Bookmark and Share

Catlin's Courage Propels Her Through Life

April 12, 2011

By J. Blake Ragsdale

Catlin races down the wintery slope. The rush of cold air nips her face, but the discomfort is nothing compared to the throbbing pain in her right knee.

Earlier in the day, a collision with another skier sent Catlin tumbling hard to the ground. She instantly knew she was hurt, however, the determined competitor summoned the strength to ski one final race.

“While I was skiing, I was saying to myself, ‘please hold out knee,” Catlin recalls. “I got to the bottom of the slope and my knee gave out right after I reached the last gate.”

Her grit paid off as Catlin was awarded the gold medal in Alpine skiing during North Carolina’s 1999 Special Olympics.

“I tore up the joint in my knee, so that medal means a whole lot,” she explains. The severity of her injury kept her sidelined from Special Olympics for the next seven years. “I did a lot of exercises to strengthen it back up, and it took five years for it to heal. But I started back with basketball in 2006.”

Making a full recovery to compete again is one of many obstacles Catlin has overcome. The 23-year-old was diagnosed with mild mental retardation and attention deficit hyperactivity disorder. But she has found the support she needs at Lindsay Home.

Located in the mountains of Zionville, the group home for women, along with Three Forks Home for men, is a part of Baptist Children’s Homes’ Developmental Disabilities Ministry. The ministry provides special needs adults long-term residential care and opportunities for residents to achieve goals and reach their highest level of independence in safe, structured, Christian-based group homes.

The two homes in Zionville are located on the original Camp Joy 14-acre property donated by Three Forks Baptist Association in 2002. In honor of the association’s gift, the homes are jointly known as Joy Cove Ministries.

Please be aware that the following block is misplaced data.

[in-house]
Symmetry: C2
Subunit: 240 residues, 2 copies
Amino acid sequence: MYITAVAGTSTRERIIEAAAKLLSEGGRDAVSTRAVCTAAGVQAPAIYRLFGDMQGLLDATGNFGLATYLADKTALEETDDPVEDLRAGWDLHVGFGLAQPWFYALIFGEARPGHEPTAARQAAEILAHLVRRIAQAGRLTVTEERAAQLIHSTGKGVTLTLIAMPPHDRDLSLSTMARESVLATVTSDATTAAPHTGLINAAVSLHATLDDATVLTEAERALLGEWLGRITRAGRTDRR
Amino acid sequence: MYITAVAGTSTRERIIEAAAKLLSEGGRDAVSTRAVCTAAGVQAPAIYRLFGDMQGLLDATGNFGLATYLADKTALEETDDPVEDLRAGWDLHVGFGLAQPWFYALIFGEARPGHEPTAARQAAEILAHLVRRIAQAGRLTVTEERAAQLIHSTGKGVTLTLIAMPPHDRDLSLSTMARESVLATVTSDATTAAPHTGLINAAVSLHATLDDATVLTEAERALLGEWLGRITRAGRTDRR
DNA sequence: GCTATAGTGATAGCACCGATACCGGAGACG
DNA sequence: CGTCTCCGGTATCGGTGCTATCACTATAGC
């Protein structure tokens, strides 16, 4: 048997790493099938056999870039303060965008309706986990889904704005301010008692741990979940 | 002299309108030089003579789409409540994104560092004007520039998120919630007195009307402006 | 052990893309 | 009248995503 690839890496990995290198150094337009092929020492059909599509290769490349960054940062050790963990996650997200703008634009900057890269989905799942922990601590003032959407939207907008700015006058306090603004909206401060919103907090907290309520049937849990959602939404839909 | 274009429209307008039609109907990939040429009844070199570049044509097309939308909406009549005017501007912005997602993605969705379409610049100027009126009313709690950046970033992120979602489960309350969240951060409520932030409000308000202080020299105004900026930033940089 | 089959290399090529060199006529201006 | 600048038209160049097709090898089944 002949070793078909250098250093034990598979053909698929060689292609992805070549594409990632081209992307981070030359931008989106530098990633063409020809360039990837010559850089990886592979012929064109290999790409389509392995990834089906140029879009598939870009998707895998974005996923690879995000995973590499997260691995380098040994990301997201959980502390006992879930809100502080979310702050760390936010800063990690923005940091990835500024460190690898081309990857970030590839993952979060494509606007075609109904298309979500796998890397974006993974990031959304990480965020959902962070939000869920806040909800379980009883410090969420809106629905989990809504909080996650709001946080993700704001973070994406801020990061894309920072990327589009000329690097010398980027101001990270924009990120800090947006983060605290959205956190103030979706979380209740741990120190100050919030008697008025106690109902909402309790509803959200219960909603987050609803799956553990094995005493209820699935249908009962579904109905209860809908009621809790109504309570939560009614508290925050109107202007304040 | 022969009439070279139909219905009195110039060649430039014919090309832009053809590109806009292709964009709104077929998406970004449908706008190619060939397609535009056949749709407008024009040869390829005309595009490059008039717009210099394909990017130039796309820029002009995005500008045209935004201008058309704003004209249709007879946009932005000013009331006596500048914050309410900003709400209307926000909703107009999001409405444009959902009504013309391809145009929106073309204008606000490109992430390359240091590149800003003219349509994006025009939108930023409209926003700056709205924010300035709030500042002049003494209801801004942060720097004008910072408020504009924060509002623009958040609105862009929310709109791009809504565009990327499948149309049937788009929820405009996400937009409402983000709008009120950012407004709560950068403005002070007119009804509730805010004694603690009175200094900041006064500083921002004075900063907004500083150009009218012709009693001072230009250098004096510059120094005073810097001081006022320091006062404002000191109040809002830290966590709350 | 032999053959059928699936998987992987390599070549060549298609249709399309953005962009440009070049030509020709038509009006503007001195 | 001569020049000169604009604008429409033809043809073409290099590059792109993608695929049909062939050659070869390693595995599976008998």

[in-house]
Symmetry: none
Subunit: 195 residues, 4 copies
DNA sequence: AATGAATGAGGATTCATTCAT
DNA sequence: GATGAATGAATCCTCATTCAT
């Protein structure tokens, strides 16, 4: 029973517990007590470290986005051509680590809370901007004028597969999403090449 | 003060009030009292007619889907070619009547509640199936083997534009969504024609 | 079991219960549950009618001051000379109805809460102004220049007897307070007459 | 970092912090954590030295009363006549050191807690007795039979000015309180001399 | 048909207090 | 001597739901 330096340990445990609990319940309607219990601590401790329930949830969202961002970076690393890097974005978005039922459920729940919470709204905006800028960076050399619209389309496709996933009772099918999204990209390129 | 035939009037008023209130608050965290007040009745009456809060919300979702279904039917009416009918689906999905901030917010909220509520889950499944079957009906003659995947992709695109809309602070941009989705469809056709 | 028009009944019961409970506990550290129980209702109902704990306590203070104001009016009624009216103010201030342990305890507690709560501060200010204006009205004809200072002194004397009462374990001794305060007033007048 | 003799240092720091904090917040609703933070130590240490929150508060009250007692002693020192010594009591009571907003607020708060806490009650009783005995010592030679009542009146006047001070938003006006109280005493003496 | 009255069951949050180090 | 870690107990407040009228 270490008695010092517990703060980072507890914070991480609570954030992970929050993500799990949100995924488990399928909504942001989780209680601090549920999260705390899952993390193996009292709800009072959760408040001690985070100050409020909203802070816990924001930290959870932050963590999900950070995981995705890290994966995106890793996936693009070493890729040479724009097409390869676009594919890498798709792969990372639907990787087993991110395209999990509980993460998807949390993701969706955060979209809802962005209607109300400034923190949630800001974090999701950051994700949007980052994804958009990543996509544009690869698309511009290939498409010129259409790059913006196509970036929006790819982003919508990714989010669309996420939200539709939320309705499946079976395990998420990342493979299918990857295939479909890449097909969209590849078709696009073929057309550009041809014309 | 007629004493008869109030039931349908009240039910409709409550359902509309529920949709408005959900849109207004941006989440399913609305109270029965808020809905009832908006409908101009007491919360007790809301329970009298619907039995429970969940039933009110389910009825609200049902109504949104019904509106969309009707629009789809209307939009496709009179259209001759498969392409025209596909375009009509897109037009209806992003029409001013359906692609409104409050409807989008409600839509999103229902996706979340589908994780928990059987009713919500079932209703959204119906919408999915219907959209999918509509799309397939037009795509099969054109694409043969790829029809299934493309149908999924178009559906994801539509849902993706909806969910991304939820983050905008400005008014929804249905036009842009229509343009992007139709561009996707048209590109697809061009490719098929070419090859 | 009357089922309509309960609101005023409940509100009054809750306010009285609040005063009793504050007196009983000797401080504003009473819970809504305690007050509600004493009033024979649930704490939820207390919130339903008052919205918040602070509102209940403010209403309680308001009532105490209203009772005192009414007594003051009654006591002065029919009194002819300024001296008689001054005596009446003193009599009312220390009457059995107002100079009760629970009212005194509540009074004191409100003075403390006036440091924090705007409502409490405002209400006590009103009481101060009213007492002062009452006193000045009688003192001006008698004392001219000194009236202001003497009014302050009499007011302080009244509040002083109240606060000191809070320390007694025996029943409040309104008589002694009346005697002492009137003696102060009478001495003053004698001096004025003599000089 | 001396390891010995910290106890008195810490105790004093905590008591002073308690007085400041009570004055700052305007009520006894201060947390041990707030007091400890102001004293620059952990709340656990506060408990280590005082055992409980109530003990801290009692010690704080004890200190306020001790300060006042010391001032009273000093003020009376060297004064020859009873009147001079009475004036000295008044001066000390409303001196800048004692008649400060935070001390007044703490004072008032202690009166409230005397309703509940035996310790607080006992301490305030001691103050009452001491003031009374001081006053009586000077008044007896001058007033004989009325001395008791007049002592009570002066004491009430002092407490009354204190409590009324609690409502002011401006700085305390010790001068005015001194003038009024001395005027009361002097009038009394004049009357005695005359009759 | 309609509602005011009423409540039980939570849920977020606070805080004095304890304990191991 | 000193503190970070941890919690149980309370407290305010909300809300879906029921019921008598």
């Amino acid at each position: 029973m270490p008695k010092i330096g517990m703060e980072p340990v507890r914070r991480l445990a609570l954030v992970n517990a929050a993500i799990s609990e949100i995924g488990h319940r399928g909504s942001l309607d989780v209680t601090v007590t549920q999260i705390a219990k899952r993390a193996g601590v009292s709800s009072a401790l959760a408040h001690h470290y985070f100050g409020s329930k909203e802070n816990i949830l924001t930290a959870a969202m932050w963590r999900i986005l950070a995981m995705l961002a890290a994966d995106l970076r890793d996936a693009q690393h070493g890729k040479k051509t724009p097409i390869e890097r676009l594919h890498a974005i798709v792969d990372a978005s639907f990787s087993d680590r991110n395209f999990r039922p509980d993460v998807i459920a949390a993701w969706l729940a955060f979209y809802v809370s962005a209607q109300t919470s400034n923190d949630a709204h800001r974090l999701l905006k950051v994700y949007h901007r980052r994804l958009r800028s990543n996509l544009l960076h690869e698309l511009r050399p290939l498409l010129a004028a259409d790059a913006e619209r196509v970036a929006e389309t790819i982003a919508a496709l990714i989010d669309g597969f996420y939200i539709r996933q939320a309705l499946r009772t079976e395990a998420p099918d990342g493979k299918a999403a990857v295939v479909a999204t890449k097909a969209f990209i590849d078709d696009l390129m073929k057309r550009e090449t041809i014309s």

“I love it here because it’s so nice and quiet,” Catlin says. “Living here helps you with your coping skills and teaches you how to do things on your own.”

With no family support, Catlin lived in her own apartment prior to moving to Lindsay Home. Her father is deceased and her mother surrendered parental custody of Catlin to New River Behavioral Healthcare in Watauga County. Living independently was difficult for Catlin.

“I was having a hard time,” she divulges. “Moving here has helped me. I’ve improved so much.”

Being at Lindsay Home has given the young adult stability and a support system in her caregivers and fellow residents.

“The residents are like family, and we all help each other out,” says Nikki Johnson, one of the caregivers at the home. “And Catlin is very helpful around the house with chores and responsibilities. We can pretty much depend on her to do anything extra.”

Recently when three of the residents were ill, Catlin stepped in to help prepare meals. “I’ve made meatloaf, chili, pork chops, chicken wings, green bean casserole, and more,” she says. “I love to cook with the staff and serve food to everyone.”

“She’s very caring,” says caregiver Cathy Roark. “She loves to help others. And she’s very good at her sports.”

Since her return to the Special Olympics North Carolina games in 2006, Catlin has competed, and won multiple medals, in several sports. She received the honor of being selected as a member of Team USA for the 2009 Special Olympics World Games in Idaho where she won the bronze medal in Alpine skiing.

On January 9, Catlin was recognized as the 2010 Special Olympics North Carolina “Athlete of the Year” during the opening ceremonies of 2011 state winter games in Boone.

“Special Olympics is a privilege I get to do every year,” Catlin explains. “I love being with all the athletes and my friends. It’s just an honor to compete with other people I know and love.”

For more information about the Developmental Disabilities Ministry and its nine homes for special needs adults, visit www.hereismyhome.org.